- I. Introduction
- 1. Why a Source Book?
- 2. Opportunities and Challenges
- 3. The Extractive Industries
- II. Cross-Cutting Topics
- 4. Transparency and Accountability
- III. The Extractive Industries Value Chain
- 5. Policy, Legal and Contractual Framework
- 6. Sector Organization and Institutions
- 7. Fiscal Design and Administration
- 8. Revenue Management and Distribution
- 9. Sustainable Development
Oil and Gas
No commercial deposits of petroleum have been discovered, although the country has substantial reserves of coal (>500Mt), utilized for power generation, and coal-bed methane (largest gas field in Southern or Eastern Africa) which is yet to be fully exploited.
Mining - Minerals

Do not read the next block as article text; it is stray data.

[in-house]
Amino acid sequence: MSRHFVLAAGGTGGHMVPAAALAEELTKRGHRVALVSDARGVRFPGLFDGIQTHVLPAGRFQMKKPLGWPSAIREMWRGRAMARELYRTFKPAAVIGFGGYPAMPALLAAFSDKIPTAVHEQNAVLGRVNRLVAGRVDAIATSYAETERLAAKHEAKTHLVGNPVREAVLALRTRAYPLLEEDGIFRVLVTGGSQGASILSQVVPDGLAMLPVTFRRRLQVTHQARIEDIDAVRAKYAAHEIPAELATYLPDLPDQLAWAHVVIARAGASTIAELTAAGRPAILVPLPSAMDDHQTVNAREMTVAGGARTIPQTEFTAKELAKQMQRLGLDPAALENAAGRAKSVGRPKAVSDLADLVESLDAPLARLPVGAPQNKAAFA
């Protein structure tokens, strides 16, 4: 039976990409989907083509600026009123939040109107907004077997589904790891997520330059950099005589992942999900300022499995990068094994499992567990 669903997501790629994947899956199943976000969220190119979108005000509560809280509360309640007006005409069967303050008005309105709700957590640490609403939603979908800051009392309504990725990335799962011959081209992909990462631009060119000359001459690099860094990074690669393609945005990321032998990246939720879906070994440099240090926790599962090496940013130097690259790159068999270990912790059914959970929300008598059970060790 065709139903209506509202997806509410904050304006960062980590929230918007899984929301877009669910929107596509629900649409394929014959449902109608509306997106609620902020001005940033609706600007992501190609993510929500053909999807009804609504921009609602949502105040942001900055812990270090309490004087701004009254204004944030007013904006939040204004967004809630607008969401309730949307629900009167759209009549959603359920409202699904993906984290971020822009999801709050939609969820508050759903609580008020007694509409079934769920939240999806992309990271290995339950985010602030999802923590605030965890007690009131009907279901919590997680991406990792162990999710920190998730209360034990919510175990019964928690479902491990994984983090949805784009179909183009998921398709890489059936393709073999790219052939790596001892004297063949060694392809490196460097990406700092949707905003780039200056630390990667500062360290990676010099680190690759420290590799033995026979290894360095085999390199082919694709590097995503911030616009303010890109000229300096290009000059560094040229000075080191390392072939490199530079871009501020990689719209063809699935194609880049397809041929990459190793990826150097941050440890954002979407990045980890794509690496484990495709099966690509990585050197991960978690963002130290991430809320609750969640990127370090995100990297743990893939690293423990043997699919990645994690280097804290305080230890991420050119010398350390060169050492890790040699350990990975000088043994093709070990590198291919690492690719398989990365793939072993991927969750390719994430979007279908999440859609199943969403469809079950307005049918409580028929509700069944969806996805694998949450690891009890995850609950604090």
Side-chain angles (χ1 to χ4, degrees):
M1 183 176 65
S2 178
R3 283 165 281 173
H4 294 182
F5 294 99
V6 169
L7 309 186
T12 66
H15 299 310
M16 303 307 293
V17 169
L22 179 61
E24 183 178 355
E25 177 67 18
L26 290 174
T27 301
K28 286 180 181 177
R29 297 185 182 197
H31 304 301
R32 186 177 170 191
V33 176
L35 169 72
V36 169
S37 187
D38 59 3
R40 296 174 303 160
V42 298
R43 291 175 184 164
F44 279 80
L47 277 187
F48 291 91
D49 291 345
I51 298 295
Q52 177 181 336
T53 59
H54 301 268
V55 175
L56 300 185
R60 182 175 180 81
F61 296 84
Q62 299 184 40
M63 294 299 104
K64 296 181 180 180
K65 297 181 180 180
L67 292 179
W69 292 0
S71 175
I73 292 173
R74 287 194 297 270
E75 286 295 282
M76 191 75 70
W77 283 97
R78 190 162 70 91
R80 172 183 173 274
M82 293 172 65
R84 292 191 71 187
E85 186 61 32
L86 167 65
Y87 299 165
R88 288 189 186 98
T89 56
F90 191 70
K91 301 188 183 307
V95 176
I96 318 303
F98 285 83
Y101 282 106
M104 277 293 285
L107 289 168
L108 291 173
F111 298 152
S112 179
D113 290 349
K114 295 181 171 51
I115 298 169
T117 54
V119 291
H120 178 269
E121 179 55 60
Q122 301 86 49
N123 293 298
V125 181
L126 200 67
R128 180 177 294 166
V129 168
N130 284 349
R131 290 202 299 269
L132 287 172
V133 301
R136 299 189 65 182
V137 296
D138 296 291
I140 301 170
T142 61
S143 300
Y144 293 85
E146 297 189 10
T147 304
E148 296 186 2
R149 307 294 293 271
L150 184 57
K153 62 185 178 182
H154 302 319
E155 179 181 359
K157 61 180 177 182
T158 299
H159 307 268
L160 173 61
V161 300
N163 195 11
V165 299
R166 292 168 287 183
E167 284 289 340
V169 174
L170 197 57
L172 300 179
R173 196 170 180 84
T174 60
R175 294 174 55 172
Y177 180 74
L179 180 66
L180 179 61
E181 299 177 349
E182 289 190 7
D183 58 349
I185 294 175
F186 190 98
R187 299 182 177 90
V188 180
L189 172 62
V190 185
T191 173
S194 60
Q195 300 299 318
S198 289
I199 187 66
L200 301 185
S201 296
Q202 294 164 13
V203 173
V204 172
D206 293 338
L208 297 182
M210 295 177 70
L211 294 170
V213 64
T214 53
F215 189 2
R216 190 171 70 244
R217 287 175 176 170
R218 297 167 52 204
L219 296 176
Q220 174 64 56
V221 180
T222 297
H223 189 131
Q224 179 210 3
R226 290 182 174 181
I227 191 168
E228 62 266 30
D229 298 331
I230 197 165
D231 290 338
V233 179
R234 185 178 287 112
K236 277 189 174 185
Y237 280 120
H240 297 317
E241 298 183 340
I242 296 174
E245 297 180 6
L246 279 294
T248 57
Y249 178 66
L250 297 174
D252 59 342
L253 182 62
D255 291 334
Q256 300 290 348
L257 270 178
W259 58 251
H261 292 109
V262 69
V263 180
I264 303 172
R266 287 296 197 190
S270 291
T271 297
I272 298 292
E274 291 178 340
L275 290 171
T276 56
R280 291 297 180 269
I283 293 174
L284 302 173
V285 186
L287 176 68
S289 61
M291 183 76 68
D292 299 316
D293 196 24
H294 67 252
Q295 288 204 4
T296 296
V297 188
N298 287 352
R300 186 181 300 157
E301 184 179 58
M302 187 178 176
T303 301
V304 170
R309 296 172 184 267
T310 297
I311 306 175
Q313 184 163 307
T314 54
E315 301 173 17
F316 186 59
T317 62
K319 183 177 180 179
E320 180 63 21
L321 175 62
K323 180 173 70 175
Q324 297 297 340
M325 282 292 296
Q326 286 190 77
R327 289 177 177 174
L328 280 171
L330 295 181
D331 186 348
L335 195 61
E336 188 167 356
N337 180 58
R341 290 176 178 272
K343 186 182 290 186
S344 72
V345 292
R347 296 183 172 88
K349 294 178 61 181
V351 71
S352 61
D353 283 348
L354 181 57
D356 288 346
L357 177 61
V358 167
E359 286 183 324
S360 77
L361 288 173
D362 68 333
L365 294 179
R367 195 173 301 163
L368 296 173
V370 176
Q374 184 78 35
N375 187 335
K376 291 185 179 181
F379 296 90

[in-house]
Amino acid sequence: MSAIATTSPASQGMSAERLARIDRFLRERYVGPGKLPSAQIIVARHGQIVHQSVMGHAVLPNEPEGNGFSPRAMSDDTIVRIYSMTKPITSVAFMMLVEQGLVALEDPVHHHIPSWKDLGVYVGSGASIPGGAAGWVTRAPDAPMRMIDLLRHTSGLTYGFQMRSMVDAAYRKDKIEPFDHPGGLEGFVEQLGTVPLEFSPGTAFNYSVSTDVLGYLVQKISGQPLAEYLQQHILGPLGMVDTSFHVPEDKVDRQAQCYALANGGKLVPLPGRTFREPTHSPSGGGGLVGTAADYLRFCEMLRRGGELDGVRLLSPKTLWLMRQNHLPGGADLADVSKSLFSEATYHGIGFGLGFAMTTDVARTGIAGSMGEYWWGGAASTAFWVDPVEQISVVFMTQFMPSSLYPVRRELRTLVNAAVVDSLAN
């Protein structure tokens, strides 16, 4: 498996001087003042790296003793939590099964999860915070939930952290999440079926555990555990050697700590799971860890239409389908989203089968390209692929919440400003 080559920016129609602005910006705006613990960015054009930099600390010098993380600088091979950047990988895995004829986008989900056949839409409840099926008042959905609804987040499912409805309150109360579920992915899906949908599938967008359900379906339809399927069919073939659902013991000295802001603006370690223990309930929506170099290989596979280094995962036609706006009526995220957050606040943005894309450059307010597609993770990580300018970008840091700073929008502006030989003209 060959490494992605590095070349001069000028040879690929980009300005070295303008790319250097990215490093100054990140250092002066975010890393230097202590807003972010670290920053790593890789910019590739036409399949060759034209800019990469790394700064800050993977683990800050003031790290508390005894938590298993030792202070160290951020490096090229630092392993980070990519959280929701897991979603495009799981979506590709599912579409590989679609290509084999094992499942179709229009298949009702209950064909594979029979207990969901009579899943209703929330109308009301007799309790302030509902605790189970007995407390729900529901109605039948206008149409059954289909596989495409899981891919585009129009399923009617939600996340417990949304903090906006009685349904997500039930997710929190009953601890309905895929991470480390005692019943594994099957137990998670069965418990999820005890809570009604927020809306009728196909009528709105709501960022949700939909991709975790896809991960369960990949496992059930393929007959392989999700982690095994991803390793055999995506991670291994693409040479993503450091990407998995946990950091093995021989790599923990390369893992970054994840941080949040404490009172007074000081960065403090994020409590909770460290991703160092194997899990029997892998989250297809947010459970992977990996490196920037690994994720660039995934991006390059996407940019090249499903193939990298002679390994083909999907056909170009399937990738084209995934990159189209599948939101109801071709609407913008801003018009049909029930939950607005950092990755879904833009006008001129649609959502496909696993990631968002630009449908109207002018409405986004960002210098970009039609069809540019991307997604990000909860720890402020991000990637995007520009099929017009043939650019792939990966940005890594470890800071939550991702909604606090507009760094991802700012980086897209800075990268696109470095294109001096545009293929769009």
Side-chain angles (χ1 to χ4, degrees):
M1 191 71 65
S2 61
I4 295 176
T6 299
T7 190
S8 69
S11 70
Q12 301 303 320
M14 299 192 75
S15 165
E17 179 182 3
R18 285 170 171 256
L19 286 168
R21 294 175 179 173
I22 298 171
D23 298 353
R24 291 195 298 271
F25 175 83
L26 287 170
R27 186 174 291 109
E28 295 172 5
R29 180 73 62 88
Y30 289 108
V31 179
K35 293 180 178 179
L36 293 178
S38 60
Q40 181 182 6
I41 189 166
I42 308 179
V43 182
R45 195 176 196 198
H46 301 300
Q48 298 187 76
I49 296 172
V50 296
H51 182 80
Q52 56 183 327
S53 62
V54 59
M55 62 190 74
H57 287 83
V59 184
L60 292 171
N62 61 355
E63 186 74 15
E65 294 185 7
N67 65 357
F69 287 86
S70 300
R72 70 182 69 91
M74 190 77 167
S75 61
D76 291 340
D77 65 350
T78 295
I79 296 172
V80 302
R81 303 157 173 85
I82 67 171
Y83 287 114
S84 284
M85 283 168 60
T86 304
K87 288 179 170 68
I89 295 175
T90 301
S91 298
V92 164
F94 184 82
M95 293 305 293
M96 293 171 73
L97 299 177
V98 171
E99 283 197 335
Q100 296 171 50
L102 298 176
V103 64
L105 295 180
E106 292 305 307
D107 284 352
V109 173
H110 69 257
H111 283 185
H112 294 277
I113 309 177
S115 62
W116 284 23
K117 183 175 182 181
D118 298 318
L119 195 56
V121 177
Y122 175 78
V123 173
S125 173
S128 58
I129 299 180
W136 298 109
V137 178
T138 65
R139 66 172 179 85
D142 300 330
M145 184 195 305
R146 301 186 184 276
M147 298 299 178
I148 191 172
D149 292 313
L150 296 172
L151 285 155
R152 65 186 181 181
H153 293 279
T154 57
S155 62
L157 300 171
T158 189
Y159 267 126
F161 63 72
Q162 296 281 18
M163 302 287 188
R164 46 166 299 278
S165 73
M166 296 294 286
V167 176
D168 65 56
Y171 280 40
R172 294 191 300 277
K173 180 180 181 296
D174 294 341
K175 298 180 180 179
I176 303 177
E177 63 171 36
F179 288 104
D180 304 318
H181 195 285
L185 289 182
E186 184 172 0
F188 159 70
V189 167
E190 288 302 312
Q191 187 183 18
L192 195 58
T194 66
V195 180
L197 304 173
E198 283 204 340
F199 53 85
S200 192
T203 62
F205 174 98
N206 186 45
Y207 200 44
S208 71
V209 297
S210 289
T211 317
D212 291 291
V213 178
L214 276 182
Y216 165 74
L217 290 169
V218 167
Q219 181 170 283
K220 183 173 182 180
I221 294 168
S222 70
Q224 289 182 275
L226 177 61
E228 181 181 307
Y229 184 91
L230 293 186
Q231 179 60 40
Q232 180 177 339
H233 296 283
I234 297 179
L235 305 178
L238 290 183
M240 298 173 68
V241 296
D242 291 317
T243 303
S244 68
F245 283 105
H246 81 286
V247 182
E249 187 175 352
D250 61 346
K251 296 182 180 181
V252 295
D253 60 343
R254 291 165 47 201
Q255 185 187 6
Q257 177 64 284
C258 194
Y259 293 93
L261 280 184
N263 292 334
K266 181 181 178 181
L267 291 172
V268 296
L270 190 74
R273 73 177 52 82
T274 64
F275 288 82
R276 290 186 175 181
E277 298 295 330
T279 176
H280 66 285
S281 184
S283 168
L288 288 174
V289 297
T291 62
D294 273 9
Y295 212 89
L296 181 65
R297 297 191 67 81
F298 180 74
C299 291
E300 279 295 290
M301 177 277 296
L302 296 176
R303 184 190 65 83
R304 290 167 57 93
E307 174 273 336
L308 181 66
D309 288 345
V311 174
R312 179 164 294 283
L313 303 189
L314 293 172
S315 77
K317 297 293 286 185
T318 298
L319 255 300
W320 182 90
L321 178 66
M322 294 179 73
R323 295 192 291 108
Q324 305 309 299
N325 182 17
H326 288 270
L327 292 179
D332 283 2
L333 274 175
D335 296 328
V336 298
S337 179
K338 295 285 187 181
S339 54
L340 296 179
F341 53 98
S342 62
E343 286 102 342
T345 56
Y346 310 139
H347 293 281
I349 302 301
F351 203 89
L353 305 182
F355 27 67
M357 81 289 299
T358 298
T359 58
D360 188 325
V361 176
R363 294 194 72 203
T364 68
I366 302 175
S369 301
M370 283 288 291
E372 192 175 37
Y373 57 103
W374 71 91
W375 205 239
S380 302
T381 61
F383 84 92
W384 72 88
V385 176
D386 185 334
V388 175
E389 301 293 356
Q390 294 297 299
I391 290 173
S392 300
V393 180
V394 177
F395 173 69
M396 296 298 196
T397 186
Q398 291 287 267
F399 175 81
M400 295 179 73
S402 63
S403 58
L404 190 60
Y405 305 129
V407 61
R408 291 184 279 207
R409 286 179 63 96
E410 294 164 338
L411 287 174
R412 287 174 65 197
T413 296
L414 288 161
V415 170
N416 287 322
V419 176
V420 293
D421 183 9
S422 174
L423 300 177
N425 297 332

Zimbabwe is rich in mineral resources including coal, chromium ore, asbestos, gold, nickel, copper, iron ore, vanadium, lithium, tin, platinum group metals and diamonds and nationally about 40 minerals and mineral-based commodities have been produced. It is the world’s seventh largest producer of lithium (2%), and sixth largest producer of chrysotile asbestos (4%) and vermiculite (2%). Gold, platinum group metals (PGM’s) and chrome form the principal endowments. Zimbabwe is estimated to have 13% of the world’s chromium reserves, mainly in the Great Dyke. Chromite production declined by 27% in 2008 with Zimbabwe accounting for 4.7% of total output from Africa. In the last two years the country has slipped from the world’s fifth to eighth largest chromite producer. In the African continent Zimbabwe has the second largest reserves and is the second largest producer of PGM’s after South Africa. In 2008 it registered a 4.2% increase in platinum production. In terms of world production the country is ranked fourth for platinum (2.3%) and fifth for palladium and other PGM’s (1.7%). Gold production, which was the traditional mainstay and foreign currency earner, has plummeted over the past five years with the closure of several mines. 2008 production was half that of 2007 and was one sixth of the 2004 output. Zimbabwe is now ranked the tenth largest gold producer in Africa with the main contribution derived as a by-product of PGM production. In 2008 production decreases were also registered for ferrochrome by 24.4%, mined nickel (25.4%), asbestos (44.7%), phosphate rock (57%) and coal (19%). Iron ore production remained unchanged but pig iron and steel production ceased. Diamonds were one of the few mineral commodities with a production increase (14.7%) and in 2008 Zimbabwe was rated as the seventh largest producer in Africa.
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